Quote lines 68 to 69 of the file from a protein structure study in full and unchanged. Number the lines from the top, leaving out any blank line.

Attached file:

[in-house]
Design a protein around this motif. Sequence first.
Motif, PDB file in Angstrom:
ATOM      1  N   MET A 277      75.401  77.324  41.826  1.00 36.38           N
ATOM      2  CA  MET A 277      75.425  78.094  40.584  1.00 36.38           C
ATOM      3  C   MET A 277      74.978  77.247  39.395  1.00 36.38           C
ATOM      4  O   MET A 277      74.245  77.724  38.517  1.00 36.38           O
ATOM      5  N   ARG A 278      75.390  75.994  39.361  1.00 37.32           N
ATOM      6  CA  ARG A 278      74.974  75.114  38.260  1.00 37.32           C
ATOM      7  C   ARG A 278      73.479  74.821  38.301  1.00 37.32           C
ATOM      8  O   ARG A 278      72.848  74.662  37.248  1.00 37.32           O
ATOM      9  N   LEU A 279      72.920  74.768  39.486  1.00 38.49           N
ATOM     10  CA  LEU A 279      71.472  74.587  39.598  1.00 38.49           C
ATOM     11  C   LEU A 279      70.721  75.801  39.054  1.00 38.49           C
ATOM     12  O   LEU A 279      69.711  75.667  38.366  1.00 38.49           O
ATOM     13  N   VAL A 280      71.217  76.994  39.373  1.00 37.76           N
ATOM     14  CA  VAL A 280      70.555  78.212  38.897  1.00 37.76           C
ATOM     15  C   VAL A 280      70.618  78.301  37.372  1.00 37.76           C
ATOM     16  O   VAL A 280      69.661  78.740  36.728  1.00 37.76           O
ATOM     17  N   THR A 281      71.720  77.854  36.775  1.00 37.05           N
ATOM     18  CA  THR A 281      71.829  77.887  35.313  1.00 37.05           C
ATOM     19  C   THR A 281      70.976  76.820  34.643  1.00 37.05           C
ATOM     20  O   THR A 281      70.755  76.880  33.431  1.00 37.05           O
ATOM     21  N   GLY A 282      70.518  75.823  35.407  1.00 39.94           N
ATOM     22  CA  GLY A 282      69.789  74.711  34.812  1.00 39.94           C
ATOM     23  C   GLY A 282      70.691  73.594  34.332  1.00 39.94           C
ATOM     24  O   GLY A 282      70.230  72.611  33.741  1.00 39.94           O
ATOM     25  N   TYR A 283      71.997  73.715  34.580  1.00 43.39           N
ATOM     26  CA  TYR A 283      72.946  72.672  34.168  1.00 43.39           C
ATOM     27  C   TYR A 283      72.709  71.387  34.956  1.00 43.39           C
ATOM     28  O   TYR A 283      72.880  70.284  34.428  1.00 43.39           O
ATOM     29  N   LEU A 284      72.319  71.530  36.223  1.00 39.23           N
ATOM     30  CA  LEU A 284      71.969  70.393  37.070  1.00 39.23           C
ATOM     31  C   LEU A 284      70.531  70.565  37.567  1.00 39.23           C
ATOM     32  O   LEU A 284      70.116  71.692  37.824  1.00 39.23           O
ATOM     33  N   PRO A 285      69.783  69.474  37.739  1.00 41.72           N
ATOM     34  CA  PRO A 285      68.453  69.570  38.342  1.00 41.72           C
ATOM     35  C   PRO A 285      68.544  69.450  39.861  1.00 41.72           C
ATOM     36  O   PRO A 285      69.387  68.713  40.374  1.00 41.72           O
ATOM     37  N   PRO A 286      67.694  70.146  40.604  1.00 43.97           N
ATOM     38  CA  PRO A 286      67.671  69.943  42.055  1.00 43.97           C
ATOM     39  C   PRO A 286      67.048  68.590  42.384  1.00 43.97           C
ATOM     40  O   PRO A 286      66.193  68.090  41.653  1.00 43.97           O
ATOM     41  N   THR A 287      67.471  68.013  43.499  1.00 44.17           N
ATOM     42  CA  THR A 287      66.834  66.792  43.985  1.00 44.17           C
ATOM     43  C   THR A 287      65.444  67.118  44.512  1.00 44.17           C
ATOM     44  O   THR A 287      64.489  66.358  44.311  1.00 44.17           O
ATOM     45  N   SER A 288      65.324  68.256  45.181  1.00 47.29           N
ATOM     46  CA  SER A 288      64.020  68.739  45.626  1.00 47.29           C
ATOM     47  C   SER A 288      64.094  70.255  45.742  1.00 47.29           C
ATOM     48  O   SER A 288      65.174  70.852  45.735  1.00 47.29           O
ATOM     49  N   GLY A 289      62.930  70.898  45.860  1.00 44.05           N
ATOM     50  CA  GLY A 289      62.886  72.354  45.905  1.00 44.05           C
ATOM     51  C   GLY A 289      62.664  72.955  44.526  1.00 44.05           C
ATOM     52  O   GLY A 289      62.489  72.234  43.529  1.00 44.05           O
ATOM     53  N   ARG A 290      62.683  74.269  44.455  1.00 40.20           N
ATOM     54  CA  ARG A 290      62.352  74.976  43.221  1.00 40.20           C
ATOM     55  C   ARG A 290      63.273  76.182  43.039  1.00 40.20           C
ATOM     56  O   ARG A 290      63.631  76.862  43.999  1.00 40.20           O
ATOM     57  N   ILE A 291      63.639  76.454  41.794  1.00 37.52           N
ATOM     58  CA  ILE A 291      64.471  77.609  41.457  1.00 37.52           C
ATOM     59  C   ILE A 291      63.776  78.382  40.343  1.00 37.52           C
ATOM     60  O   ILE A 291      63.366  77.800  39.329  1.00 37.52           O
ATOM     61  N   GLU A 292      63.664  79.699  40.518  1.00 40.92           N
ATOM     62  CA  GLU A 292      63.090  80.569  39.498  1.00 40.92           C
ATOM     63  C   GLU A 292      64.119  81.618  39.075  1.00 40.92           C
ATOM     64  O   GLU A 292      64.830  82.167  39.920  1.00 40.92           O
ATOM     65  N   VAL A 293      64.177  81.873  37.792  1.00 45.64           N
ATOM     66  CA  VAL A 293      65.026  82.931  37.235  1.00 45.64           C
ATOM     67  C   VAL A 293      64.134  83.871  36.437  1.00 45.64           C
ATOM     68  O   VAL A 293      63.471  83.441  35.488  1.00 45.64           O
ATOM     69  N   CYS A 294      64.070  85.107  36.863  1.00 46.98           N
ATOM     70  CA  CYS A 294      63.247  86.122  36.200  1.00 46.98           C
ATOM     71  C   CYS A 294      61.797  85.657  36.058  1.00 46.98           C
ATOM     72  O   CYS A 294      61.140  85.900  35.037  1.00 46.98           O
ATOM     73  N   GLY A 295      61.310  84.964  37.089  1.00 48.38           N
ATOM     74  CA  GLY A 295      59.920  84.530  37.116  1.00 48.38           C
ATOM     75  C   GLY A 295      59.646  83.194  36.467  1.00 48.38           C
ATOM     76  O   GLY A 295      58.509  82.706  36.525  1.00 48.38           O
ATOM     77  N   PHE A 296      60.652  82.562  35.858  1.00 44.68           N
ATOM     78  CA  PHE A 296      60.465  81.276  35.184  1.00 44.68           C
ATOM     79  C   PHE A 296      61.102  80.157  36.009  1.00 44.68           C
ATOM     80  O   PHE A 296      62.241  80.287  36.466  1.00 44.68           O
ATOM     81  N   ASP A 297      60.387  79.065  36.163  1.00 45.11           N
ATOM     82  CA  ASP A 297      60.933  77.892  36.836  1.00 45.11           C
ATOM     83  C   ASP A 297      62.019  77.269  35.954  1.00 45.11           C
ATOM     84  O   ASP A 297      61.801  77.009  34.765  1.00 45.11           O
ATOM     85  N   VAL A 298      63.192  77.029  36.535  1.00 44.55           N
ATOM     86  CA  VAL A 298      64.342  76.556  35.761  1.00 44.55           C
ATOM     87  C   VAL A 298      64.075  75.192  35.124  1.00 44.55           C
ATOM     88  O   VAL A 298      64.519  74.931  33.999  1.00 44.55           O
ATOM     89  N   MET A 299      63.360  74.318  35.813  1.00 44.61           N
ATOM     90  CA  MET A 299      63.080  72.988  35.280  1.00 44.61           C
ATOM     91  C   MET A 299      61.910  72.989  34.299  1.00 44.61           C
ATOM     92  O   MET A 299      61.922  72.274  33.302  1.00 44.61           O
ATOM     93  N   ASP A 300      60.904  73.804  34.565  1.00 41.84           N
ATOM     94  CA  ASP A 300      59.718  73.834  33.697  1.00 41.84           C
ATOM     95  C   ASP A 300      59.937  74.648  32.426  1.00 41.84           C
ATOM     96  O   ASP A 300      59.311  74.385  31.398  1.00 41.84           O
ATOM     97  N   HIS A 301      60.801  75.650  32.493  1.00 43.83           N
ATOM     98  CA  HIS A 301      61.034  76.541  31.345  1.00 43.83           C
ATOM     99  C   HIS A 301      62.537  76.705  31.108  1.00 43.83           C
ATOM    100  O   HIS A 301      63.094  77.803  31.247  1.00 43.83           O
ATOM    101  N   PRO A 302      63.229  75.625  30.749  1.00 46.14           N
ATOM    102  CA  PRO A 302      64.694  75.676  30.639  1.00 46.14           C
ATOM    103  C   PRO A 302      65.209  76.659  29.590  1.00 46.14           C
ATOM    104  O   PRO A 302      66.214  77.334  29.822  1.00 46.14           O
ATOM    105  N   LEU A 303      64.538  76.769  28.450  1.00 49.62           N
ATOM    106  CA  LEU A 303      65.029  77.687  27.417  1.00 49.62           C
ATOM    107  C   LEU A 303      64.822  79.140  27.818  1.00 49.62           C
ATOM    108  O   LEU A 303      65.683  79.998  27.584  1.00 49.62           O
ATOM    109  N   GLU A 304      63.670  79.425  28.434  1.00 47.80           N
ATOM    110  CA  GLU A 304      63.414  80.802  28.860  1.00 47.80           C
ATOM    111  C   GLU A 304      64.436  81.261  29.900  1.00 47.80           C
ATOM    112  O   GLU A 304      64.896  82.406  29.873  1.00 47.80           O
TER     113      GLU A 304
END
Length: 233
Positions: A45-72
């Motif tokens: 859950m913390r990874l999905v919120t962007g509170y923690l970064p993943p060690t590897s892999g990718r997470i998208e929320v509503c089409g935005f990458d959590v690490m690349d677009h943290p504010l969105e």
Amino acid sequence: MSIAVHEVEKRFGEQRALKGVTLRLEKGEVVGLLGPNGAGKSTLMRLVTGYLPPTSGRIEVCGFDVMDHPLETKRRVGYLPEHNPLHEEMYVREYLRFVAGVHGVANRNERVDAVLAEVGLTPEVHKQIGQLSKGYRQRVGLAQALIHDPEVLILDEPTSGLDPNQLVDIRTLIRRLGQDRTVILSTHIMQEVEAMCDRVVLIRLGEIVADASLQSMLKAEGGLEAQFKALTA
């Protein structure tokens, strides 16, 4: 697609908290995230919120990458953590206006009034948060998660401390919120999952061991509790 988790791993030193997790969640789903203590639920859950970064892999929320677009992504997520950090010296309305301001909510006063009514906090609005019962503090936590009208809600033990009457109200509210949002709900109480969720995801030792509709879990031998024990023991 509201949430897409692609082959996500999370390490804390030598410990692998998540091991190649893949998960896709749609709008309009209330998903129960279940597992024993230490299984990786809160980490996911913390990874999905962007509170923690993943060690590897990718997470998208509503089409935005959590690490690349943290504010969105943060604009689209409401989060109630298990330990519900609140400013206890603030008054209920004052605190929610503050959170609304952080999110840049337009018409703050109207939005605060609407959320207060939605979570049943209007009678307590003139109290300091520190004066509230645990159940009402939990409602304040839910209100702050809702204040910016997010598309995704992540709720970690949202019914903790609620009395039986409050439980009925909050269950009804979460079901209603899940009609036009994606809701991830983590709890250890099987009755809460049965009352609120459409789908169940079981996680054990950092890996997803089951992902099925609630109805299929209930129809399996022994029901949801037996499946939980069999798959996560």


ATOM     65  N   VAL A 293      64.177  81.873  37.792  1.00 45.64           N
ATOM     66  CA  VAL A 293      65.026  82.931  37.235  1.00 45.64           C